The gauge is unique in that it has a nuclear power source. It must be calibrated with pavement cores from both the old pavement and the new mat. If the lift to be sampled is 1.5 inches (38 mm) deep, then the gauge should be set for a depth of 1.25 inches (32 mm). Otherwise, the rays will shoot through to the next lift and your reading will be skewed. There are many factors which can cause the gauge to falsify its readings. For instance, if there is a hump in the road, you may in reality have only a 1 inch (25 mm) lift, and this can create a calibration error in the gauge. If it is raining when you take a reading, water will fill the pores in the pavement, and the density gauge reading will be off. If your mix is a three-quarter inch (19 mm) stony mix, which does not have a uniform texture across the mat, the gauge will falsify its readings because the gamma rays will scatter all over the place.When the nuclear density gauge operator starts out in the morning, he or she must make sure the gauge has the power to calibrate correctly. The operator sets down a magnesium block 1 inch (25 mm) thick, and then a retainer, which fits under the gauge, which kicks the gauge 0.75 inches (19 mm) off the plate. A standard count is then taken to check for decay in the nuclear power source within the percent limit allowed. The gauge is calibrated on a regular basis to determine decay, which can also throw off the readings. With an incorrect reading, the mat can be overrolled, underrolled, or deteriorated in such a way that when the core is taken, there is no match with the gauge. And then you're back to square one. You never know where you are as far as density is concerned until you core.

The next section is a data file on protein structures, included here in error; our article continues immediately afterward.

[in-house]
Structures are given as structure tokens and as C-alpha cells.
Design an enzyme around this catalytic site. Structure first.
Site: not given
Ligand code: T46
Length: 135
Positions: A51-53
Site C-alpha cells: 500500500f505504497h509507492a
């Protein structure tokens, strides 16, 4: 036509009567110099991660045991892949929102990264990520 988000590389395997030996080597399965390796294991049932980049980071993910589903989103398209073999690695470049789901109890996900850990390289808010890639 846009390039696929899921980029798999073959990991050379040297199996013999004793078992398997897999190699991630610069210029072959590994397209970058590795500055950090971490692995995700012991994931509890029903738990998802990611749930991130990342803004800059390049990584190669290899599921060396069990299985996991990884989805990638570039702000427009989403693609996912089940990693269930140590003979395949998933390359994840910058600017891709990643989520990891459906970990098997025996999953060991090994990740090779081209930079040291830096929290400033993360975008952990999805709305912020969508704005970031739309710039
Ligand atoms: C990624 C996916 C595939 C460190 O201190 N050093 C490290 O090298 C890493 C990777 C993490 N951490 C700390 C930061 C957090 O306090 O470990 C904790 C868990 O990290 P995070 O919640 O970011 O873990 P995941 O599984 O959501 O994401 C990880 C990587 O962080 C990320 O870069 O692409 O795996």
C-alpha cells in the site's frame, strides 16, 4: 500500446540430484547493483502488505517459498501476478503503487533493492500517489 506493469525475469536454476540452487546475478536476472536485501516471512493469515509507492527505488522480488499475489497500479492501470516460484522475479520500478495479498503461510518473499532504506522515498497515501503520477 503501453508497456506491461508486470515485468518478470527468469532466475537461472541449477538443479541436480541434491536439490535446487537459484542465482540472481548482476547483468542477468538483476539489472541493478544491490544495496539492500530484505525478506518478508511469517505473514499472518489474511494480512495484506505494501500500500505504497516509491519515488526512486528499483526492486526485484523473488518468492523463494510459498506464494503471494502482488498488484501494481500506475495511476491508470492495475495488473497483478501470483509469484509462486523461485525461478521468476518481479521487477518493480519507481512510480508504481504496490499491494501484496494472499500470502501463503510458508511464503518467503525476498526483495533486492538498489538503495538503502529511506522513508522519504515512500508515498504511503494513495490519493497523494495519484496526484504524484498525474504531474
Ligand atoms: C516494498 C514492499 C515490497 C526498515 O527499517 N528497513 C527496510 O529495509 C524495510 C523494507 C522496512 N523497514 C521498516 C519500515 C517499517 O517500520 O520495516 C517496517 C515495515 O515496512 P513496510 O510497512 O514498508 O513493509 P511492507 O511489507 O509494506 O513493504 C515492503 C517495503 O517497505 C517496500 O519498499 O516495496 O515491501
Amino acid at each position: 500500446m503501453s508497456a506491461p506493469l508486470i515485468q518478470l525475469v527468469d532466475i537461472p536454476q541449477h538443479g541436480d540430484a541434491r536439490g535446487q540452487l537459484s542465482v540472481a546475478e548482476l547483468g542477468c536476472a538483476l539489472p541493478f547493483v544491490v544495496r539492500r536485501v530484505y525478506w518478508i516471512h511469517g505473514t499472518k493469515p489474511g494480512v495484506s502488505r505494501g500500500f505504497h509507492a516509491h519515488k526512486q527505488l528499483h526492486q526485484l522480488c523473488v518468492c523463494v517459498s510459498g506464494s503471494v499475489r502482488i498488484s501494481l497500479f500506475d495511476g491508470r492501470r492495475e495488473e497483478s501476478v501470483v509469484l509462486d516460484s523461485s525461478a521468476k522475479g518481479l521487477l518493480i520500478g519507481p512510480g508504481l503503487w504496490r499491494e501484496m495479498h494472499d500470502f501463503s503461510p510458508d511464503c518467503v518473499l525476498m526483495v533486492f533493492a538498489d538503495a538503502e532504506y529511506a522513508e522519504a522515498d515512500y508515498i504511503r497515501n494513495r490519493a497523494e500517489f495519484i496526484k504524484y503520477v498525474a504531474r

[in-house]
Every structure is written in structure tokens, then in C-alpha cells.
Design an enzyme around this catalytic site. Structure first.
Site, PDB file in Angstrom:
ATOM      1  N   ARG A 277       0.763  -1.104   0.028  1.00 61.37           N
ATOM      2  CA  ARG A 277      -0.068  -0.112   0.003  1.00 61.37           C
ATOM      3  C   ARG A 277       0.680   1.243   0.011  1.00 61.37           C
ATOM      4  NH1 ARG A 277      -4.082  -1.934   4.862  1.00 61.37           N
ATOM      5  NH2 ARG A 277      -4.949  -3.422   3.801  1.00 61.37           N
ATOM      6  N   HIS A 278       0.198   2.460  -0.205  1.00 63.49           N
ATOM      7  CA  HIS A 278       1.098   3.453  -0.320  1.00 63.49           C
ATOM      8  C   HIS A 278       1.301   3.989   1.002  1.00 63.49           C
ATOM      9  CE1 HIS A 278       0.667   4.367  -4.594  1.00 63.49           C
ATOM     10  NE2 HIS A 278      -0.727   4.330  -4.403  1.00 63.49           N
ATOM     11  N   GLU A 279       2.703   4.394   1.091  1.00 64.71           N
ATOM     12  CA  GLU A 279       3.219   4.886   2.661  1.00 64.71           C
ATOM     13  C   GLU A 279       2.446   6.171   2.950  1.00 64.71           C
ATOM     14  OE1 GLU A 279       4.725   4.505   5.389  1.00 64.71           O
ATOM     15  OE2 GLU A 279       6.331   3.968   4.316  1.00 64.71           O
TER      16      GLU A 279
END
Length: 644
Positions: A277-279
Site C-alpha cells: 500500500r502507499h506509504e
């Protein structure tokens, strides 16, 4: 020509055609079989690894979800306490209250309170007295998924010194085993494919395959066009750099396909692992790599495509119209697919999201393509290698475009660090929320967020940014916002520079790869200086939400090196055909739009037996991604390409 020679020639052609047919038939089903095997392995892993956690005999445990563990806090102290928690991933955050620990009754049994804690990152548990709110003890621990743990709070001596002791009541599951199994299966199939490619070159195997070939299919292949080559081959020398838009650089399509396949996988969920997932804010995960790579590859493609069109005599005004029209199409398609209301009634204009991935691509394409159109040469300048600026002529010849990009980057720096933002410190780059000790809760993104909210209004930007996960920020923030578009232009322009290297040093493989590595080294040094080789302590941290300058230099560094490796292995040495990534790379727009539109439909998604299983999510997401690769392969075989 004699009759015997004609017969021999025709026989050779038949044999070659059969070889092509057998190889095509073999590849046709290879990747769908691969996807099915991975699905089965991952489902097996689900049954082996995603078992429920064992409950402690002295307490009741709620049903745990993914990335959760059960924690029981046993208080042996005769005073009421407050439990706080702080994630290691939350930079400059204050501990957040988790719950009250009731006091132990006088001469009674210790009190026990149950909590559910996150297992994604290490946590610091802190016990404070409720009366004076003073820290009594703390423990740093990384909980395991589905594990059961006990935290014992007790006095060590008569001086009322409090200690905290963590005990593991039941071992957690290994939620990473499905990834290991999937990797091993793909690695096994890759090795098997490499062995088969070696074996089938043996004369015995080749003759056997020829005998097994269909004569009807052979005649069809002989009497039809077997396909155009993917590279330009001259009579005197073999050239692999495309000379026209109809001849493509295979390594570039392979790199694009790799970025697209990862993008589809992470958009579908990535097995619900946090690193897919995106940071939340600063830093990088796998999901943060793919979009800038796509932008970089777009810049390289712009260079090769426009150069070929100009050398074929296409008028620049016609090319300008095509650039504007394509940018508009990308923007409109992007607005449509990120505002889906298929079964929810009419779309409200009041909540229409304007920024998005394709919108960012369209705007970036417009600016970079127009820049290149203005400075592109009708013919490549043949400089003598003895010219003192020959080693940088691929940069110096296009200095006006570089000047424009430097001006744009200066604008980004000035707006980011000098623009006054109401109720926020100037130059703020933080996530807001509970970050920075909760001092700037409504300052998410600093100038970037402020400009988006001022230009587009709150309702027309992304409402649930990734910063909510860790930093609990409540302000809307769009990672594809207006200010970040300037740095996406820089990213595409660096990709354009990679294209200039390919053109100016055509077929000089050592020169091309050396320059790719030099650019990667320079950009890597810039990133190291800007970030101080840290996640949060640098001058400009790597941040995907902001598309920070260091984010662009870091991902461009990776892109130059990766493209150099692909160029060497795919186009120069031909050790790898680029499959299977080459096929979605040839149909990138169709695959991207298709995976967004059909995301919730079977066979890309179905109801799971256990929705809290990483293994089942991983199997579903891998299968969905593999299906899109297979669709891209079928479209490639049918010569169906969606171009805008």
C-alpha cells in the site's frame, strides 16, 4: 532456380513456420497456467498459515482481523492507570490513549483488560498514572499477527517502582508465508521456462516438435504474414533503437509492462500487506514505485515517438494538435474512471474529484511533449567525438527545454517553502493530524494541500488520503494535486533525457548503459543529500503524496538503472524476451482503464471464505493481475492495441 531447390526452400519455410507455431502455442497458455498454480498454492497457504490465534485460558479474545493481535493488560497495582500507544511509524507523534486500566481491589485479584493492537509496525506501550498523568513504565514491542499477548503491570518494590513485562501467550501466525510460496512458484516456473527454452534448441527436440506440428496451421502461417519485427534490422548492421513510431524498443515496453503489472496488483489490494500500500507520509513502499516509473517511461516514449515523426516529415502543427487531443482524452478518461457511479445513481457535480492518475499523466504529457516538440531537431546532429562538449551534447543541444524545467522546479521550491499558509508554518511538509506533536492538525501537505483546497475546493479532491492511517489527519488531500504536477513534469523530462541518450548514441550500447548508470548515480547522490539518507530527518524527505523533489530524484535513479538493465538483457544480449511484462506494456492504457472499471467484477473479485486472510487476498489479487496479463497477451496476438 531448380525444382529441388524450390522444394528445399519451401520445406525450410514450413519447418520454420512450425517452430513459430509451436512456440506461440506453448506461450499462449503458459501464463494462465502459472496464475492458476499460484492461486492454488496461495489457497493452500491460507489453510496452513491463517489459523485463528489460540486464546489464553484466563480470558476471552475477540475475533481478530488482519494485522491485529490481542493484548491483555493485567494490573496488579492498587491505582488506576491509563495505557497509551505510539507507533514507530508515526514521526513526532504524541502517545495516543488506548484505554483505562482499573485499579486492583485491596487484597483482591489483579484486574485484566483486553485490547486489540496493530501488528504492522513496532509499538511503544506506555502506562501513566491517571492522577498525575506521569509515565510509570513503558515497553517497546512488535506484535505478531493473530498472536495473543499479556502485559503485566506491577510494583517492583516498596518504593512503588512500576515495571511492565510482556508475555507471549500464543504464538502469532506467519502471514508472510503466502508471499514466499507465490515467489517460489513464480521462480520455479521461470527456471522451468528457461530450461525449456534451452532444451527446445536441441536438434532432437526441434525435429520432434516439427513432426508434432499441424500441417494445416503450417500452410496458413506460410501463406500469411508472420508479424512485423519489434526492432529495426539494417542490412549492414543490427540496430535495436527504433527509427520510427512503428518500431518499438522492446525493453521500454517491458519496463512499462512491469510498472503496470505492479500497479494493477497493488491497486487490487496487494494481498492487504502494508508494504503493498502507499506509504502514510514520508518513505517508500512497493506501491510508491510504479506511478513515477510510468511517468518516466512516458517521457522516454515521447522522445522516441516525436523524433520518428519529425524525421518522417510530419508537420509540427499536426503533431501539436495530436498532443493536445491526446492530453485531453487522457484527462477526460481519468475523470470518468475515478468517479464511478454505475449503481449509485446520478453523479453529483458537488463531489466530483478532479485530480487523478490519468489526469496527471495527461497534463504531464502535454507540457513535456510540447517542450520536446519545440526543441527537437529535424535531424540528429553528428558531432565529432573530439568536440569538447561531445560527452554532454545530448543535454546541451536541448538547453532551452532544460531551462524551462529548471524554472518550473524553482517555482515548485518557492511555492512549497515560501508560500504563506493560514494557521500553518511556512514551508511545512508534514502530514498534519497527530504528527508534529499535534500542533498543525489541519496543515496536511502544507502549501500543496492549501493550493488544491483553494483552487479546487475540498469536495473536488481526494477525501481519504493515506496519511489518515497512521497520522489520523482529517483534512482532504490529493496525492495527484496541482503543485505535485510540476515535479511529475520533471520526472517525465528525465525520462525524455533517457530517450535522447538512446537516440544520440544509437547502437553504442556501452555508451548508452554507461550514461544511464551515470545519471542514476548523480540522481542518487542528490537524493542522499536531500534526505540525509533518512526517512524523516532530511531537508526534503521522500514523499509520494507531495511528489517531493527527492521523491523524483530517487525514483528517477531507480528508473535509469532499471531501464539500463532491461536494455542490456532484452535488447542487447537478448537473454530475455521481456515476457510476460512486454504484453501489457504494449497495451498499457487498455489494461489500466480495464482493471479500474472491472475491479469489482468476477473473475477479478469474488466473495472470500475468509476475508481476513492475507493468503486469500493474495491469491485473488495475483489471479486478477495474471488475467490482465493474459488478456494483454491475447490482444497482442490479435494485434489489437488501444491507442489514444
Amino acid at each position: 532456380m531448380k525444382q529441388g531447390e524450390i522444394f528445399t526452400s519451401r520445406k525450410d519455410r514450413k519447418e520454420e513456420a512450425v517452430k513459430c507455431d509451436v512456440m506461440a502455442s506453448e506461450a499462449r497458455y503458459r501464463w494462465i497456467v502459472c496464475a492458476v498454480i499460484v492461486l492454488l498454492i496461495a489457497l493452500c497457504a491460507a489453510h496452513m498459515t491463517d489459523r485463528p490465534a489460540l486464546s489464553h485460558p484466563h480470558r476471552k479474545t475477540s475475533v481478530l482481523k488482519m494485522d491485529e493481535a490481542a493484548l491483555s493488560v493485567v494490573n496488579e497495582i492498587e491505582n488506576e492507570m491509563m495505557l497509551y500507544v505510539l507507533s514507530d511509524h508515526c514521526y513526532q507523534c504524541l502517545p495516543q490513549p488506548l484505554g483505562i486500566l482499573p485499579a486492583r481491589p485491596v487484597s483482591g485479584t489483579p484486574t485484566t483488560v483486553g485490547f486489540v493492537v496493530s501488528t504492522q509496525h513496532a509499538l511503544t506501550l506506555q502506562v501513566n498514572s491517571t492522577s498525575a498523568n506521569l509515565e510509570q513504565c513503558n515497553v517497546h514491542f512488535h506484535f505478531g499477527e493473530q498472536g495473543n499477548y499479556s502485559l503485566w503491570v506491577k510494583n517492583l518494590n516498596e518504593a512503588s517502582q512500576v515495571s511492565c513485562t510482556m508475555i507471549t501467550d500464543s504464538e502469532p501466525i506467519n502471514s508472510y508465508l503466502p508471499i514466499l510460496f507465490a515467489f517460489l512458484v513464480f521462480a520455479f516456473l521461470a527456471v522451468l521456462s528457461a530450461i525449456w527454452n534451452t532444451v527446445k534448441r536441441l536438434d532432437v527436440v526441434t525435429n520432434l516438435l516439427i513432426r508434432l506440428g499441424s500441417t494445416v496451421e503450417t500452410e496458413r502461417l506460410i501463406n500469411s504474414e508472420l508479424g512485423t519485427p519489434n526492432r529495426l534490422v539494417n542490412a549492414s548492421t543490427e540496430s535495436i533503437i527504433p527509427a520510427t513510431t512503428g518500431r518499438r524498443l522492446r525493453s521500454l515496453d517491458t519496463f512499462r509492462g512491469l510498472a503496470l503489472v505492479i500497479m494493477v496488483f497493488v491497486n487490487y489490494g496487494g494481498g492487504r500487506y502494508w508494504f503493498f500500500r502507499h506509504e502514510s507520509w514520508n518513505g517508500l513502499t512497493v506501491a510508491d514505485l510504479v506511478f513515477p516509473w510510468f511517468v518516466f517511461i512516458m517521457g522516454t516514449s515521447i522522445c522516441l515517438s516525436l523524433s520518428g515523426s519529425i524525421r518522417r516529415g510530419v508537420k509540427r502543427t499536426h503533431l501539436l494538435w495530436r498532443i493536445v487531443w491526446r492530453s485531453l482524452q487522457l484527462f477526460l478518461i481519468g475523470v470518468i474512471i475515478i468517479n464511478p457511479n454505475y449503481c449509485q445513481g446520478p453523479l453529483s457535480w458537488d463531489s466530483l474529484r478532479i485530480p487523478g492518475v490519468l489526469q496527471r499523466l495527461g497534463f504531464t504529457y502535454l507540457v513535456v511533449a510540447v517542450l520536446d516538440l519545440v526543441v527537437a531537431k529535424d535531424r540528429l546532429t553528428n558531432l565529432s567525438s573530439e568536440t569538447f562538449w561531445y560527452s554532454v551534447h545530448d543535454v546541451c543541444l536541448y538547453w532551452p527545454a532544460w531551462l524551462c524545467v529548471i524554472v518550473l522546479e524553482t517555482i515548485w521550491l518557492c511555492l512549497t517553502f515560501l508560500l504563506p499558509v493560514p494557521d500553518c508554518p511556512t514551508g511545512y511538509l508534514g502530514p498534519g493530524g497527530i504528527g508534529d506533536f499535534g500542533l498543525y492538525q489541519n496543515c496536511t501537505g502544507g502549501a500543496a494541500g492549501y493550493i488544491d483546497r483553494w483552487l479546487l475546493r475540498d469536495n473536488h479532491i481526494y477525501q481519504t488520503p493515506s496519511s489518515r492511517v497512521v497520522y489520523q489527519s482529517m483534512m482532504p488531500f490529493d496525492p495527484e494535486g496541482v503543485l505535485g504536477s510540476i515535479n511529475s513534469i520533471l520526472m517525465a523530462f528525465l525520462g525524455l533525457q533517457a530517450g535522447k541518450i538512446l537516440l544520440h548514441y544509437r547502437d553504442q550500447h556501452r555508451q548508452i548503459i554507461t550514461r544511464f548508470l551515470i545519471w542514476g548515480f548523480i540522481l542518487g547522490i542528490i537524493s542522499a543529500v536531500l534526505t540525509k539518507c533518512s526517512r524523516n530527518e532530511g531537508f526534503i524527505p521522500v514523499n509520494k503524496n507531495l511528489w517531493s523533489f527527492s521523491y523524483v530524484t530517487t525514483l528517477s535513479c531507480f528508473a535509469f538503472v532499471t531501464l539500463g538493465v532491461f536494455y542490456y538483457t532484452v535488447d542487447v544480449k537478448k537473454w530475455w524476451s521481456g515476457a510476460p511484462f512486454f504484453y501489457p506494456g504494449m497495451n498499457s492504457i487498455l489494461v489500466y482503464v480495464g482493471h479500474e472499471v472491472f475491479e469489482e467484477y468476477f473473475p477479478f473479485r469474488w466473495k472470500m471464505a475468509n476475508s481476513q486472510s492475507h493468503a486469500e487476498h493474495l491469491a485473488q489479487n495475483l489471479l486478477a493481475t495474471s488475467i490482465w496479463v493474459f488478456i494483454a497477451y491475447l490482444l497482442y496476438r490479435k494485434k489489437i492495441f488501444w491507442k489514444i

How calibrations and cores are taken